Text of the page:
Isaiah 11: 1-10
In today’s passage, Isaiah’s vision is charged with the hope and goodness he received while standing in a wasteland, a field of stumps—the exile period in Babylon.
Isaiah knew what was wrong with the world and about the painful details of human suffering and Assyrian brutality. However, the prophet was not stuck there. He was not reduced to the conditions he experienced. Yes, within the emptiness and across the wasteland, he saw what God was already doing and would complete, which is something that the physical eyes cannot see.
About twenty-five hundred years after Isaiah, the whole prophecy in today’s passage has been embedded into the life of Jesus Christ. Jesus, just like the stump of Jesse, came to the earth in a manger, not a splendid palace; rode a donkey, not a white horse. And Jesus challenged the established order—There is a clear line between Jews and Gentiles, between chosen and sinner, between clean and unclean—just like the wolf eats and kills the lamb, which sounds like a very obvious, rational, and natural fact.
How many stories can we accept if we choose only stories that are rational and natural facts? Think of the Exodus story—falling manna and quail from the sky, getting water from the rock, and crossing the Red Sea on a walk.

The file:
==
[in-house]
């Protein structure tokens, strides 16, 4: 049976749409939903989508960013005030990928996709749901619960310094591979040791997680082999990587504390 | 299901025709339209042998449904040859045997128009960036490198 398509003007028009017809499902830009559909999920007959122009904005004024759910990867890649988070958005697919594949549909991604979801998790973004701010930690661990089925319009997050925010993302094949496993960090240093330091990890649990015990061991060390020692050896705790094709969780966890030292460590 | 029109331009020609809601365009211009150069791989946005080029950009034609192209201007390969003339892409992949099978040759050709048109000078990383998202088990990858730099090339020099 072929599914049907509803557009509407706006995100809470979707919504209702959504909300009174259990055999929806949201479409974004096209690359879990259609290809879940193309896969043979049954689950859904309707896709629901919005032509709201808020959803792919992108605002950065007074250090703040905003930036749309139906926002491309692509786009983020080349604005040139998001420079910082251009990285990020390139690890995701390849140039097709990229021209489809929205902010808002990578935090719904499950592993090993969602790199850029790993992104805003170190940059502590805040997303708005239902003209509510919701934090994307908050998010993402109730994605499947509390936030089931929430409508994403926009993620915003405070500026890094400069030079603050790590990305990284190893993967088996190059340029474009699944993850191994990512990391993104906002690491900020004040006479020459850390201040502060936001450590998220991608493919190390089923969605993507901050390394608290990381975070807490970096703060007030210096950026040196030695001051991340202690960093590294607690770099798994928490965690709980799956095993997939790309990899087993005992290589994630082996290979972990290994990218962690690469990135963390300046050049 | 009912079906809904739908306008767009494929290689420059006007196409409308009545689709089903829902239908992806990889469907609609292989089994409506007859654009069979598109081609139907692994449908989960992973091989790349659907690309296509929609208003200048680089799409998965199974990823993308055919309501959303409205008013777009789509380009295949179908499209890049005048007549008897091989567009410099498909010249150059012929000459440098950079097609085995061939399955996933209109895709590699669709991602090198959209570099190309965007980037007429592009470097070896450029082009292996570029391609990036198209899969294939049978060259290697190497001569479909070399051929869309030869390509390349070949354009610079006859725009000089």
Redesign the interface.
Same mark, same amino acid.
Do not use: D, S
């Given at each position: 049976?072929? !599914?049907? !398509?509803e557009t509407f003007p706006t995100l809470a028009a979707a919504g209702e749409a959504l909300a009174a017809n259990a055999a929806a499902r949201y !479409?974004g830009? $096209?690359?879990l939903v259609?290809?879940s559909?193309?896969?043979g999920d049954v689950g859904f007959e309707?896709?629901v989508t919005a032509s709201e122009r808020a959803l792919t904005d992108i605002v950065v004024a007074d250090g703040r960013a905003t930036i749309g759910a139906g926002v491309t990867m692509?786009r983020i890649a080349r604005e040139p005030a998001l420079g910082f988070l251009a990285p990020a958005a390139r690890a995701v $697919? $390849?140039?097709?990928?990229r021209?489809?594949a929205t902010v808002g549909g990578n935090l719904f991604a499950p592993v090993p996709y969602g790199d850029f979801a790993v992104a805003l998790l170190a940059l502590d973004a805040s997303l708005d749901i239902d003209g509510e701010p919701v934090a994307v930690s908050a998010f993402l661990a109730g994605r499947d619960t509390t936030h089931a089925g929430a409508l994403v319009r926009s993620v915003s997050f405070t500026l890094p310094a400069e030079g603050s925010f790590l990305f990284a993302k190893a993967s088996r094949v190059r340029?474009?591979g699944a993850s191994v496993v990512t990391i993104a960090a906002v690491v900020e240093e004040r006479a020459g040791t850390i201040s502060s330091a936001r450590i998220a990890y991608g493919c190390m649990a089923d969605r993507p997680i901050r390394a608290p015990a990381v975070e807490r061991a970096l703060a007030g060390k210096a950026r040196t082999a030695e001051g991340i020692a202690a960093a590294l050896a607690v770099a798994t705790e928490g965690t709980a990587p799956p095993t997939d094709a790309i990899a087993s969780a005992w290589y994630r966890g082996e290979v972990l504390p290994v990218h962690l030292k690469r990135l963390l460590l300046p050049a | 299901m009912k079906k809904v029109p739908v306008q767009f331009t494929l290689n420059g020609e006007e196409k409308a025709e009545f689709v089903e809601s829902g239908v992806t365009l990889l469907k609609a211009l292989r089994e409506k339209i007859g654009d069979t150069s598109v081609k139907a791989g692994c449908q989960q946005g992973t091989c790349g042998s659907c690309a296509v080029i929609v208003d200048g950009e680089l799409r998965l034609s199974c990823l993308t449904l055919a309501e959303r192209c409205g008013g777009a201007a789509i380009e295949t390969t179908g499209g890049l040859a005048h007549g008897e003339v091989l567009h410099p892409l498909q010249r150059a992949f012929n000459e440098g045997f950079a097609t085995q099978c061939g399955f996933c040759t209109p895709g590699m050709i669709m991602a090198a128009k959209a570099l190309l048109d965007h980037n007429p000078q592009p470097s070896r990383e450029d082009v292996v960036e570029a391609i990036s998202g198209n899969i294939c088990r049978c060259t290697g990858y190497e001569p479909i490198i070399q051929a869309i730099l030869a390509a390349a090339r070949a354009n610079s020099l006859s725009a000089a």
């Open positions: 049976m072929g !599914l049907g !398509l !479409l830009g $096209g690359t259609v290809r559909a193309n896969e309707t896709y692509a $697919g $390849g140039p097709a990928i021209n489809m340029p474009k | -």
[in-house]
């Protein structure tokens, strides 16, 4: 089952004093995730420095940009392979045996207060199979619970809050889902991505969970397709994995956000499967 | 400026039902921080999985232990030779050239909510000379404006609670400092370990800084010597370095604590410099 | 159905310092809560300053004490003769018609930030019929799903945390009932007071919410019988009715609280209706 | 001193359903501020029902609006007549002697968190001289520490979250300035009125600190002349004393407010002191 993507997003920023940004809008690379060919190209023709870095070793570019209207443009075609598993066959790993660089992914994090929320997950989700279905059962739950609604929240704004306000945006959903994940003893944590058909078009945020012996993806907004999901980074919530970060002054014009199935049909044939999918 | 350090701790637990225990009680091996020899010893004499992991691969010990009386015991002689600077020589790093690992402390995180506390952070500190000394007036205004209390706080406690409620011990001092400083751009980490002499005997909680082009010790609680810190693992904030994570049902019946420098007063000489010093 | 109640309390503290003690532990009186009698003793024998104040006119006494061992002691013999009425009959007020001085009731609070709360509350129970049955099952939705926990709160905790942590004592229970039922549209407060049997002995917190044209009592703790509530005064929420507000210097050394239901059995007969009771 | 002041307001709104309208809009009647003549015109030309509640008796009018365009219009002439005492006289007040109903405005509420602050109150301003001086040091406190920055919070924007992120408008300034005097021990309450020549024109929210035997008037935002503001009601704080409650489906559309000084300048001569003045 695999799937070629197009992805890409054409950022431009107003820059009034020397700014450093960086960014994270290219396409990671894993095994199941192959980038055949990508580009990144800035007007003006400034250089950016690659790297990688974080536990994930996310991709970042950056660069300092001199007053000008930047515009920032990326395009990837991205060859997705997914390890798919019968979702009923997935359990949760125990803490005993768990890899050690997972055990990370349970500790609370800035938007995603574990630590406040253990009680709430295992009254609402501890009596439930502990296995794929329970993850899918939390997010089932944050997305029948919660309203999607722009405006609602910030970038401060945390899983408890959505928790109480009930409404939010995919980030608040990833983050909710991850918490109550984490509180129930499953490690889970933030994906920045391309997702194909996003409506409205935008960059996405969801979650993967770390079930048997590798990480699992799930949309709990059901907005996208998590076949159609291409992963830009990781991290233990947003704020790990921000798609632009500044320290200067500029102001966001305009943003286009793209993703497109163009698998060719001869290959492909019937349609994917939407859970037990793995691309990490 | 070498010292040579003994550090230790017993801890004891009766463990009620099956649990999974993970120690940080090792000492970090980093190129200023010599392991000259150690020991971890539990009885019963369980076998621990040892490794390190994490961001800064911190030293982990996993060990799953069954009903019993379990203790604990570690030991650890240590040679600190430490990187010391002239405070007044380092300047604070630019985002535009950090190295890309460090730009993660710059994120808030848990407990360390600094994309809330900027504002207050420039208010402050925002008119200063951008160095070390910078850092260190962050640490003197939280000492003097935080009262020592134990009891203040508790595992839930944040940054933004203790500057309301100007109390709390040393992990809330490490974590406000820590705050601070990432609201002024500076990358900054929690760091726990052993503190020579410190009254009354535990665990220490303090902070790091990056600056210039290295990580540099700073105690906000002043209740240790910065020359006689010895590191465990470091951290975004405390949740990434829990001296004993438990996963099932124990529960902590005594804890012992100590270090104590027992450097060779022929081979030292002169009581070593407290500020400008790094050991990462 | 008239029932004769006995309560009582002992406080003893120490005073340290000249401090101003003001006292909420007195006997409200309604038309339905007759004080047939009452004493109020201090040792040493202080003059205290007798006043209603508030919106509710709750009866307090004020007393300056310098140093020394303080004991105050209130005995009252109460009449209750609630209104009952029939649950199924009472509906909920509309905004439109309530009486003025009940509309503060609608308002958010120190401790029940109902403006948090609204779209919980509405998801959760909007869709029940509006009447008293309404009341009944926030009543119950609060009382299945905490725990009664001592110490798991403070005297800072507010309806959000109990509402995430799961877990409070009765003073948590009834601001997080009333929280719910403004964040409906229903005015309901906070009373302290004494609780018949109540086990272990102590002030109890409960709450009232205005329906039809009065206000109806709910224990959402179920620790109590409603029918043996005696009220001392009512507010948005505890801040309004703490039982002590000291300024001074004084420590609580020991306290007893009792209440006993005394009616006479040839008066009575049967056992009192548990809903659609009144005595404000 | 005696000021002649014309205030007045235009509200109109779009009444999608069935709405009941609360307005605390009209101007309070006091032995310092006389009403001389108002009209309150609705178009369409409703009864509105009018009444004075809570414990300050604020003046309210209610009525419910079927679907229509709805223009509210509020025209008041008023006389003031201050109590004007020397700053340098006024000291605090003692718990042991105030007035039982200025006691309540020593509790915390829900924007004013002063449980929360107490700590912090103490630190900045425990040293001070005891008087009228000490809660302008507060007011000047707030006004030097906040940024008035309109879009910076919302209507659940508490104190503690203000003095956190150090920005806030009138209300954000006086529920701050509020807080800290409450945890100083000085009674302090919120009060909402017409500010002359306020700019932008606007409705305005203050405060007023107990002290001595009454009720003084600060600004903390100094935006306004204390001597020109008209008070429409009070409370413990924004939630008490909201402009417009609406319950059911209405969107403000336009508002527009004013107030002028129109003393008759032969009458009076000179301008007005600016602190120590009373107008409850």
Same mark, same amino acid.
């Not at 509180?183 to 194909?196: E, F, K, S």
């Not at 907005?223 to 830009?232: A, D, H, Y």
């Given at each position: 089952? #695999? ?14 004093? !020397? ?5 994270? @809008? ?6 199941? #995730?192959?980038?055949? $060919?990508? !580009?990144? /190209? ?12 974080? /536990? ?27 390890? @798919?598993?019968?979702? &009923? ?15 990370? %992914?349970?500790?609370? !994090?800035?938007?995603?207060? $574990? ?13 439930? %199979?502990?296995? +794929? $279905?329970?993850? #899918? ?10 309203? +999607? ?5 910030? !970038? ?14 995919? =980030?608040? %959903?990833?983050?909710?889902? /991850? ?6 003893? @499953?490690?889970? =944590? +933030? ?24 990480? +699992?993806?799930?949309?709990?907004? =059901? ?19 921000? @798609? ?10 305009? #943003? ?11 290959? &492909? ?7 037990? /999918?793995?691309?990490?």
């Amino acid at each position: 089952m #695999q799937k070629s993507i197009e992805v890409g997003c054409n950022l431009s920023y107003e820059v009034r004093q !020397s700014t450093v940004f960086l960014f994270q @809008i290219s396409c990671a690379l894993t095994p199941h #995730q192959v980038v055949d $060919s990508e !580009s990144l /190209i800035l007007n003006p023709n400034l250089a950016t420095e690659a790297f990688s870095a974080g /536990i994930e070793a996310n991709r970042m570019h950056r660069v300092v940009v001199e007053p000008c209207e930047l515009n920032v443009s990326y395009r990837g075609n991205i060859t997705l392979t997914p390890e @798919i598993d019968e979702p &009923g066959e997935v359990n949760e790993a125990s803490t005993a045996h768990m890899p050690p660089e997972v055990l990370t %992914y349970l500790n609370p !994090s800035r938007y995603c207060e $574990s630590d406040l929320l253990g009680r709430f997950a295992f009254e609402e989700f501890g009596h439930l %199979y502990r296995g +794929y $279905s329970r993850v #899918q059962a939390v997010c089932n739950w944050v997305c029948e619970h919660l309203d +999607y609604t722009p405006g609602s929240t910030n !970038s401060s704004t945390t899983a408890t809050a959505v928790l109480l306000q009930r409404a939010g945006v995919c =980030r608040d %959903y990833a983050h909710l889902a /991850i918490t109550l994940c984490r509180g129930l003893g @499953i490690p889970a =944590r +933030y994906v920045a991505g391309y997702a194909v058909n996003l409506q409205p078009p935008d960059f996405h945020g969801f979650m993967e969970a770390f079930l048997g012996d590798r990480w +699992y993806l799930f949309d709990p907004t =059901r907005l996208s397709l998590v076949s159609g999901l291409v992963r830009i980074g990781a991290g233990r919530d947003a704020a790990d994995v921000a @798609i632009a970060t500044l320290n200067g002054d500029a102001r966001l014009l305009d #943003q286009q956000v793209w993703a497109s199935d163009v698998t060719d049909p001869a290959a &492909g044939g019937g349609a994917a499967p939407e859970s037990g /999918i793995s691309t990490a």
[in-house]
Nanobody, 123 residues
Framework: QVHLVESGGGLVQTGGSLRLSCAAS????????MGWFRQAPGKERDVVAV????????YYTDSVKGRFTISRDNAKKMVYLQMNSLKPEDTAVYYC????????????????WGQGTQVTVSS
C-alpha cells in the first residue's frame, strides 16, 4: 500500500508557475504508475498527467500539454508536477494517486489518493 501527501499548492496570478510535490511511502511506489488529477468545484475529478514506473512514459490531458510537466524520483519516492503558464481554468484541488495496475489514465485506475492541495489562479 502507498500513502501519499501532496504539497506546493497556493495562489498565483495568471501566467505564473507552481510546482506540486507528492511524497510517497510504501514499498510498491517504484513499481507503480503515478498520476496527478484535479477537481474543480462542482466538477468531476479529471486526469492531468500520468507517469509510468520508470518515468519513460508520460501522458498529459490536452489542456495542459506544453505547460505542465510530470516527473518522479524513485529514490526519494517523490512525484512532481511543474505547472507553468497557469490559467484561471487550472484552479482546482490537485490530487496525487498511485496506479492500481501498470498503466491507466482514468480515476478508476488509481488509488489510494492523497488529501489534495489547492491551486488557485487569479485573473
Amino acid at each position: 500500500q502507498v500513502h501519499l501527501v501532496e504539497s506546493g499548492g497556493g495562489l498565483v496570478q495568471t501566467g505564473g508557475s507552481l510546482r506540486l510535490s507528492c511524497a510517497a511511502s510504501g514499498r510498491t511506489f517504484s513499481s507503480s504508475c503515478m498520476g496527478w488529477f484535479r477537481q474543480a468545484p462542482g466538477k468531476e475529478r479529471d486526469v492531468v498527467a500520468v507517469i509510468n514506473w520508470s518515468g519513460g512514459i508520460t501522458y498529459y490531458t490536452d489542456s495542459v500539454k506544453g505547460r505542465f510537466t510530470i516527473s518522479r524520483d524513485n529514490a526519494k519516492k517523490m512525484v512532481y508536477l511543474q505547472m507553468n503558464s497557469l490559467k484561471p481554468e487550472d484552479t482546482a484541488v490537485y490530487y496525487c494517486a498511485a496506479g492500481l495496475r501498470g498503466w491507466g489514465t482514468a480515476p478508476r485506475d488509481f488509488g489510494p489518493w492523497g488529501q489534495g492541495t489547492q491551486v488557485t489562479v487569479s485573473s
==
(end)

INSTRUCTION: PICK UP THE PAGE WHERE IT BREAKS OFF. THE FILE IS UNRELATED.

How about Jesus’s life and his teachings from the sermon on the Mountain that seems to be obviously irrational and unnatural—If people slap you on your right cheek, you must turn the left cheek to them as well. When people wish to haul you to court and take your shirt, let them have your coat too. When people force you to go one mile, go with them two miles. Such teaching reaches its peak—“love your enemy.”
Isaiah’s prophecy in today’s passage is all about the world that Jesus dreamed of and died for. We all know Isaiah’s prophecy still looks like a dream or a fantasy. Maybe, we all might have a hard time seeing the kingdom of heaven on Earth through our physical eyes as we often face unspeakable tragedy, accident, war, disaster, illness, and so on.
That is why we still gather here this morning to listen to Isaiah’s prophecy, as we all seek traces and marks of possible new and greenish forest within a seemingly wasteland-like world.
Perhaps, our small gestures, our genuine smile and words, and action, and our authentic fellowship and worship in the name of Christ, no matter how many, might bring a new forest to this community and the world, even though those seem like the little sprout from the stump. So that people might see what is true and be encouraged and helped to see the truth that God is with us and still waits and calls us to be a greenish sprout from the stump.
Thanks be to God.